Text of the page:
Thursday, August 28, 2014

Gushing About Bike MS

Bike MS is unlike any other event ride.  Take it from me, I’ve participated in almost every event ride offered in Oregon, and even many in Washington.  Those other rides are great, but that’s all they are – rides.  Bike MS is so much more than just a bike ride.

In early August this year, a sea of moving vans and volunteers transformed Monmouth’s Western Oregon University into “Rider Village”.  The college campus - our home for the next few days – really did feel like a village; a community gathering spot for a special group of people.  Everyone received red carpet treatment, no matter what their fundraising level. 

It was easy to learn about Multiple Sclerosis and how effective Bike MS funds are in helping researchers fight it.  Smartly placed banners throughout the main stage area educated us on how different MS symptoms are for each individual.  Small placards with a question were strategically posted on the outside of each porta-potty, with the corresponding answer inside.  Finally, someone actually found a way to make port-a-potties fun!

Right from the start, there was a carnival-like atmosphere.  Instead of carnies, we had crazily decorated team booths with anything from Hawaiian d├ęcor to strangely funny mascots.  A high energy band was cranking out tons of music from different eras.  auGi hopped up on stage with his usual charismatic, and hysterically funny, patter.  I even had the privilege of standing up behind the microphone and outlining the safety guidelines for riders. 

What about folks who weren’t riding?  Sit around all day and wait for everyone else to get back?  Nosirree.  There were three field trips to choose from, including berry picking at a local farm and wine tasting at a fancy winery nearby.  Plus, there was a pool, a fitness center, and even yoga!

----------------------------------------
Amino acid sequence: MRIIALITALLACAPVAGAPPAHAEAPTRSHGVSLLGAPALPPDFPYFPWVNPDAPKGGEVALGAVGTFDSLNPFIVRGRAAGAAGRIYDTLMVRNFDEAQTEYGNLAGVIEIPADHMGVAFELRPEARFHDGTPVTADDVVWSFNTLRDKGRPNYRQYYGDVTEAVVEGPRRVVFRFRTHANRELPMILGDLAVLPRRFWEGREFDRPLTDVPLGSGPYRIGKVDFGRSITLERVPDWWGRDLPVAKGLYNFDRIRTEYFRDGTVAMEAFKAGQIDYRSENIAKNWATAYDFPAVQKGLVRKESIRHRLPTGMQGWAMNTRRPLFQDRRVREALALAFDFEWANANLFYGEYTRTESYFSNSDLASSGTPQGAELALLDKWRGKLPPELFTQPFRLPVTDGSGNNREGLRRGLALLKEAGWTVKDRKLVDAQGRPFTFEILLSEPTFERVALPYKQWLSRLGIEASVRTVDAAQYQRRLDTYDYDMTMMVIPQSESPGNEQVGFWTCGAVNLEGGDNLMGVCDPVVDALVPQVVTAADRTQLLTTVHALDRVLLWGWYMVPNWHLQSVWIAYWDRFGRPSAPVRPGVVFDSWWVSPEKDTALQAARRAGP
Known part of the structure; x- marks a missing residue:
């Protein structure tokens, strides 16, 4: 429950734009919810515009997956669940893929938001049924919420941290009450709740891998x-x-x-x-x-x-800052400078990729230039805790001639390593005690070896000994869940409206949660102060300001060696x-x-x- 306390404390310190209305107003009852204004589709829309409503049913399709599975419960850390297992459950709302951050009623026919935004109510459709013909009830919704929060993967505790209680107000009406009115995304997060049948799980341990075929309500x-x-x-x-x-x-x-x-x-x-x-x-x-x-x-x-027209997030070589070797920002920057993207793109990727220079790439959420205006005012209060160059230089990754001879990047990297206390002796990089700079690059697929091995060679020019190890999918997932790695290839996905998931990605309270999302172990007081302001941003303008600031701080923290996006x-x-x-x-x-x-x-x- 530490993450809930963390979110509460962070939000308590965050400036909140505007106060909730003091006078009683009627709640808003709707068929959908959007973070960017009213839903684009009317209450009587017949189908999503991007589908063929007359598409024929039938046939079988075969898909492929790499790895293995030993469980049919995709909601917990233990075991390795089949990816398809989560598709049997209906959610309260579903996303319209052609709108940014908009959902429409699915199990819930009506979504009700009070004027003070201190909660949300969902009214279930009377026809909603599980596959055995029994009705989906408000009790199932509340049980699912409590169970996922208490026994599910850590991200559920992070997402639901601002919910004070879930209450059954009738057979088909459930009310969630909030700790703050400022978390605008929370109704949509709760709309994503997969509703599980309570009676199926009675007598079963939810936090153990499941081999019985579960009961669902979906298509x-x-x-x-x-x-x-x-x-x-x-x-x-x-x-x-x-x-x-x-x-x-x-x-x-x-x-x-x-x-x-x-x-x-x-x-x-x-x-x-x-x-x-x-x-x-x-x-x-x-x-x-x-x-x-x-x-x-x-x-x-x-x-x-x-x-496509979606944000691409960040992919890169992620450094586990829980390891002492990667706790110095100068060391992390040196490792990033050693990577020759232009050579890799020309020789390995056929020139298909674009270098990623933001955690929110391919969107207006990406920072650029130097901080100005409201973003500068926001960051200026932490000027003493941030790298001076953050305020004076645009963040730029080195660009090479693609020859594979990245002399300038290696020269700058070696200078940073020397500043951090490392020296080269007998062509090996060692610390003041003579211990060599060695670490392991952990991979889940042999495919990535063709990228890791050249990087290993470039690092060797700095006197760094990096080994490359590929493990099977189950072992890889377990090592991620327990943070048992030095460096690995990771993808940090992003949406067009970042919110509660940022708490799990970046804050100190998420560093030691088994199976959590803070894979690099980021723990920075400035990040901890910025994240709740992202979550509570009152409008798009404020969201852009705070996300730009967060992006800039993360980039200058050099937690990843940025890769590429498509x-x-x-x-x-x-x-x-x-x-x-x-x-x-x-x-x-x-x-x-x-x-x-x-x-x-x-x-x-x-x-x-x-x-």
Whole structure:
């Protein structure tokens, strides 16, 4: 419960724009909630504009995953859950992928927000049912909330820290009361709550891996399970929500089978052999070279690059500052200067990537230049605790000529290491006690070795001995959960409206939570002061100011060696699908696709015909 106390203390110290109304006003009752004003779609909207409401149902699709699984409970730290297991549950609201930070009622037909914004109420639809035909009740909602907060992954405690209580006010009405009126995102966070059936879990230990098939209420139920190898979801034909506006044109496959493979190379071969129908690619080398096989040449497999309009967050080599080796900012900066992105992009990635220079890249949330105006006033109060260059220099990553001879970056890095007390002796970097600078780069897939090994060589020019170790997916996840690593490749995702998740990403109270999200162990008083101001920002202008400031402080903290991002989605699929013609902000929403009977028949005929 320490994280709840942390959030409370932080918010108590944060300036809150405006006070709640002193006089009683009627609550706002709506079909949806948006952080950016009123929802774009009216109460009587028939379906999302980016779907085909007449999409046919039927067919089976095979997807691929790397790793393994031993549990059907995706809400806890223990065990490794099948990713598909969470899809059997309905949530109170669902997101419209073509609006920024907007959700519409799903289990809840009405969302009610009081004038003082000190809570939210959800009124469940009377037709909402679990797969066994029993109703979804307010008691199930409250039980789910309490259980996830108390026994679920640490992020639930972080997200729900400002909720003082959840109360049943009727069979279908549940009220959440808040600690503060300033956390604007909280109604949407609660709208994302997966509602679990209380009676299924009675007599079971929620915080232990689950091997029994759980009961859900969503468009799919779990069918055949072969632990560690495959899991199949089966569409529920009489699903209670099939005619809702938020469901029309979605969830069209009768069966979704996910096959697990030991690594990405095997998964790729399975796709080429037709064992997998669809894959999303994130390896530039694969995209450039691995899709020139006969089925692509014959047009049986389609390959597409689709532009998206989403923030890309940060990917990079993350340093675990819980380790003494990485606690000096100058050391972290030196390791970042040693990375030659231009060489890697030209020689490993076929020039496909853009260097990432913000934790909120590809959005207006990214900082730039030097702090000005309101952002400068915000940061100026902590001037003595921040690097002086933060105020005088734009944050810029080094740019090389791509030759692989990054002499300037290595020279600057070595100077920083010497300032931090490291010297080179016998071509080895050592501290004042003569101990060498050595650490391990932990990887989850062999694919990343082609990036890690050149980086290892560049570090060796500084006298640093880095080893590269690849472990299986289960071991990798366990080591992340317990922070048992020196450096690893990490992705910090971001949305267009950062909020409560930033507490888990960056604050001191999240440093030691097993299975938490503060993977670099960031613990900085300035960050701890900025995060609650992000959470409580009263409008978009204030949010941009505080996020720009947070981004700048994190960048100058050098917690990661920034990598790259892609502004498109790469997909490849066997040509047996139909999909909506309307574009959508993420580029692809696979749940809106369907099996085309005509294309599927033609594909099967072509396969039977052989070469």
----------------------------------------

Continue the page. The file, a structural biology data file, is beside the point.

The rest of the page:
The buzz at the start/finish line was, well, buzzy!  As riders lined up to start with their teams, Amy, who was wearing feathery orange antennaes, was up there cheering people on with a megaphone.  And she wasn’t along – there was a small army of volunteers clad in adorable “Me Stomp MS” t-shirts ringing cowbells.

I had the honor of acting as ride marshal.  We were instructed in advance to help riders in three ways.  The first two were the typical, expected requirements: medical help and mechanical help.  The third requirement embodies just how the folks from the National MS Society think.  Emotional support.  That’s right, ride marshals are guided to really be there for the riders.  We should change the name from ride marshal to hug patrol.

Saturday morning started early, but as ride marshal, I rolled out late.  I’ve never ridden “sweep” on a century ride before and felt a little nervous.  I knew that beyond being helpful, my mission was to stay behind the last riders and to inform rest stop volunteers that seeing me meant the course was closed.  It felt like that Steven King story, The Langoliers, where giant meatball-like monsters (the timekeepers of eternity) clean up what is left of the past by eating it.  Ok, that’s a little dramatic, but it was a long and tiring day. 
The climb up to Silver Falls is pretty tough, but the views at the top make it all worth it.  The rest stop was perfectly located at a viewpoint.  I ate enough snack mix to feed a horse.  Volunteers gave us medals for climbing the hill, which made me wonder why I ever ride my bike without this level of support. 

On the way up the first big hill, I met a really cool dude, rider #619 from Klamath Falls, who had set a tough goal for himself.  His first century, and not an easy one.  He had a very uplifting attitude and it was easy to ride along with him and encourage him.  He ended up taking the SAG wagon back to the finish, or “abandoning”, as they call it on the Tour de France.  I was so proud of him for making it through all of the climbing, and descending, before he respected his body and accepted a ride home.  We had a great chat later, where he confessed that he felt bad for failing.  I hope I convinced him that failing a hard goal is much more meaningful than succeeding at easy ones.